What are community colleges for and what do community colleges offer? As noted previously, community colleges are designed to help students afford the cost of attending college locally. They offer AA and AS degrees, as well as technical and vocational programs. Attending a community college can also make it possible to transfer credits to a four year university so that the student can spend less time and money at a more expensive school.

Pros and Cons of Attending Community College

Before attending community college, there are some advantages and disadvantages worth keeping in mind.


Pros of community college include affordability, flexibility, and the opportunity to live at home while attending school.

More Affordable

On average, the annual community college tuition is $3,570 versus $9,970 for attending an in-state and public four-year college. Attending a public college out of state or a private college can cost even more.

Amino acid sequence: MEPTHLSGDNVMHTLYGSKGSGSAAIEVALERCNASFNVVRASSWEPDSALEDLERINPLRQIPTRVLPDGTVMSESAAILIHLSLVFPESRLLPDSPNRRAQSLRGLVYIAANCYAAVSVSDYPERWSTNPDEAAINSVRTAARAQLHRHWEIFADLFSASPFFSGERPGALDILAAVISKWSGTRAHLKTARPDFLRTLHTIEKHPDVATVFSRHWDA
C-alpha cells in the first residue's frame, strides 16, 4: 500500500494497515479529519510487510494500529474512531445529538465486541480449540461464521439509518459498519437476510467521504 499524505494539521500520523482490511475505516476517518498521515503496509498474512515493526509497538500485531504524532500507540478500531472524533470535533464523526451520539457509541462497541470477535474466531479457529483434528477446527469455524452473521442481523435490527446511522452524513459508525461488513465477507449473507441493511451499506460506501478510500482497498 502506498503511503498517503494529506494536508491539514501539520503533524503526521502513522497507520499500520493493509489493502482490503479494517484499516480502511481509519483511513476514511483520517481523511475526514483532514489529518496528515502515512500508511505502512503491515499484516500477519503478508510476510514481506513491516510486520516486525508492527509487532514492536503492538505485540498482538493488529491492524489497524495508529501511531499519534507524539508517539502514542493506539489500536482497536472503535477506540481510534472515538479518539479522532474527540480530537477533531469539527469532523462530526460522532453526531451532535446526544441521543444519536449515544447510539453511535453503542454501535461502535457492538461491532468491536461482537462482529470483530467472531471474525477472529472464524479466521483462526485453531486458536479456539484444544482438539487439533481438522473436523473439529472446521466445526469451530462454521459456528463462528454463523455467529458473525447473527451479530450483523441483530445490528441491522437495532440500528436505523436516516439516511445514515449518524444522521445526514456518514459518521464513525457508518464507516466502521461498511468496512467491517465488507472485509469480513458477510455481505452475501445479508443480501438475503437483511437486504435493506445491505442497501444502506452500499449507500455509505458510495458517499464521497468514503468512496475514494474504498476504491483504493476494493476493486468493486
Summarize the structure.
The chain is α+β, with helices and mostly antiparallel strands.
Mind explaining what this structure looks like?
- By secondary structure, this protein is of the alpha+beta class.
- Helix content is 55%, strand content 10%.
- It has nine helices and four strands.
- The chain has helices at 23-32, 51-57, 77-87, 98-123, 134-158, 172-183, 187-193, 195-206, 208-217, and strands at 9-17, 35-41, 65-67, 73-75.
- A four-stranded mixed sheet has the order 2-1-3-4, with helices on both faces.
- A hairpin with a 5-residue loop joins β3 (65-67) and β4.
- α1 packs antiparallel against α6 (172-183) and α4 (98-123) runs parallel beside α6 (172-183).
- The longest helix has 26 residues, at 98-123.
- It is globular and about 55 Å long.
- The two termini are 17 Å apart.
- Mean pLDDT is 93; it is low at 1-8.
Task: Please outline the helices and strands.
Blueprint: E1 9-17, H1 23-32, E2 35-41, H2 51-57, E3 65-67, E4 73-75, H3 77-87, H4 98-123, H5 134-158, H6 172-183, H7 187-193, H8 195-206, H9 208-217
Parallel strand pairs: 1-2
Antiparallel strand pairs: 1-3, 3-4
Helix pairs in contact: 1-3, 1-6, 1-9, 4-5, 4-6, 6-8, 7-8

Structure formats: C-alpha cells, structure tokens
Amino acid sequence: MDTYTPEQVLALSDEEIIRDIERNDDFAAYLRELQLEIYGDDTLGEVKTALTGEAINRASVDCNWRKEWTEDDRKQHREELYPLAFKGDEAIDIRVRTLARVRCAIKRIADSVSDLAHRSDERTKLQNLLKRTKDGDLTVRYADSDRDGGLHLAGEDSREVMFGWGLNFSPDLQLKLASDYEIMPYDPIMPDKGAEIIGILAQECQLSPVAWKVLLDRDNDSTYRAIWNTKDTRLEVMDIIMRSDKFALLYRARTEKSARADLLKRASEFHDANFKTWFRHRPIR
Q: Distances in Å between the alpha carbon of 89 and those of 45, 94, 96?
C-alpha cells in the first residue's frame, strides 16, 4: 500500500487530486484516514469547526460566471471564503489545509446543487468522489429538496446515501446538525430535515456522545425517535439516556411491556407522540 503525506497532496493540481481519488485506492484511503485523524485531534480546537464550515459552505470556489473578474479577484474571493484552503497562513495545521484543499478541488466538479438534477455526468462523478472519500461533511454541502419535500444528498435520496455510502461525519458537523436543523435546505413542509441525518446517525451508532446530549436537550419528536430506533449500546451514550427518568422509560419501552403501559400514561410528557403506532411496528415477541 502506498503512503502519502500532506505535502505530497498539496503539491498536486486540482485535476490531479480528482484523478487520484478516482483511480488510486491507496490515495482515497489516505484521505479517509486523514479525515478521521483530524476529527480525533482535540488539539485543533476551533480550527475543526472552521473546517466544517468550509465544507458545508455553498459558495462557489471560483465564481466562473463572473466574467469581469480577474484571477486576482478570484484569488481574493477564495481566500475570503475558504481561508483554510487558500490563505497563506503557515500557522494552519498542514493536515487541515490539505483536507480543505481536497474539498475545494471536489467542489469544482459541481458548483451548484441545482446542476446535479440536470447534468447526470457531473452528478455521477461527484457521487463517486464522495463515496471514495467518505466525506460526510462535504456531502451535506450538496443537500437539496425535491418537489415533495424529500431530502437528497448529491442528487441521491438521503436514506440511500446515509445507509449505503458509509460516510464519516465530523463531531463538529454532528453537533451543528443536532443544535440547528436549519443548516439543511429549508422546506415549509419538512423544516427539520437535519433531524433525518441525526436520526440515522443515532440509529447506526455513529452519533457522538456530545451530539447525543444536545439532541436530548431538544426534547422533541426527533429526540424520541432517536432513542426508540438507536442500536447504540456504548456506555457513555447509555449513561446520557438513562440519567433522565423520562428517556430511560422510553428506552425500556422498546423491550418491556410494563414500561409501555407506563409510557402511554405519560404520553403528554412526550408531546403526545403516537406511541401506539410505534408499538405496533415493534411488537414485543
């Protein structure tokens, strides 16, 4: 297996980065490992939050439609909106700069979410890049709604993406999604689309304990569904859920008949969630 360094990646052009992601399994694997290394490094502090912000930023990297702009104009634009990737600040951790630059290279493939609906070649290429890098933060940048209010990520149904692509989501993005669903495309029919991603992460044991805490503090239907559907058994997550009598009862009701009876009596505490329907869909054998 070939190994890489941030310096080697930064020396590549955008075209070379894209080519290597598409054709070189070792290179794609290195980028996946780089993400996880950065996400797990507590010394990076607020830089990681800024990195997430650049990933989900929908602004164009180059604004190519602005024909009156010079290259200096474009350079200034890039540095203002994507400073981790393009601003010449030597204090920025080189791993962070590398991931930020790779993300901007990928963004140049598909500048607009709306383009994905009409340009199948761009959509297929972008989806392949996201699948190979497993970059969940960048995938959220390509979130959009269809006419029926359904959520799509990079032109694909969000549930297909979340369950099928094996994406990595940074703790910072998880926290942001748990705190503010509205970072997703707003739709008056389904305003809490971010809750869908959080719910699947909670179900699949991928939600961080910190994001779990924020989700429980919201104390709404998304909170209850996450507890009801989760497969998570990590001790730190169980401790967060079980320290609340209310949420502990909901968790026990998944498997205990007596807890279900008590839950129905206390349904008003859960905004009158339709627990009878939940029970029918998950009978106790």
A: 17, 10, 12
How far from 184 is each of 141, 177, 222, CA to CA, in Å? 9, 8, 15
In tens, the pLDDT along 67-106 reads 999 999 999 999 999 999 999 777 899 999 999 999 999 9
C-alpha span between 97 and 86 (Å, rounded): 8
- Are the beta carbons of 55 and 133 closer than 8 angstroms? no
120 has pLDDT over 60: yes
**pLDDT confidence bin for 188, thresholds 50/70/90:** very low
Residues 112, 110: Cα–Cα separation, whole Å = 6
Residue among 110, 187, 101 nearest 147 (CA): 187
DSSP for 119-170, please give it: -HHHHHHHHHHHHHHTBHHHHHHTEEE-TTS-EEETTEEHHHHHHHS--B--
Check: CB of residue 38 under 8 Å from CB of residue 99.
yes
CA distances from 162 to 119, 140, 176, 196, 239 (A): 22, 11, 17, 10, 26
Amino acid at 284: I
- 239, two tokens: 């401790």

Can Live at Home

Because community colleges are designed to serve local students, it’s usually possible to live at home with family while attending community college which helps keep education costs down.

Easier Acceptance

Community colleges don’t require a certain high school GPA or test scores in order to be accepted.

Flexible Course Scheduling

Community colleges may have flexible course schedules that allow students to work while attending classes. Some programs may also offer online or hybrid class models.


There are also some disadvantages, worth considering before attending a community college.

Credits Don’t Always Transfer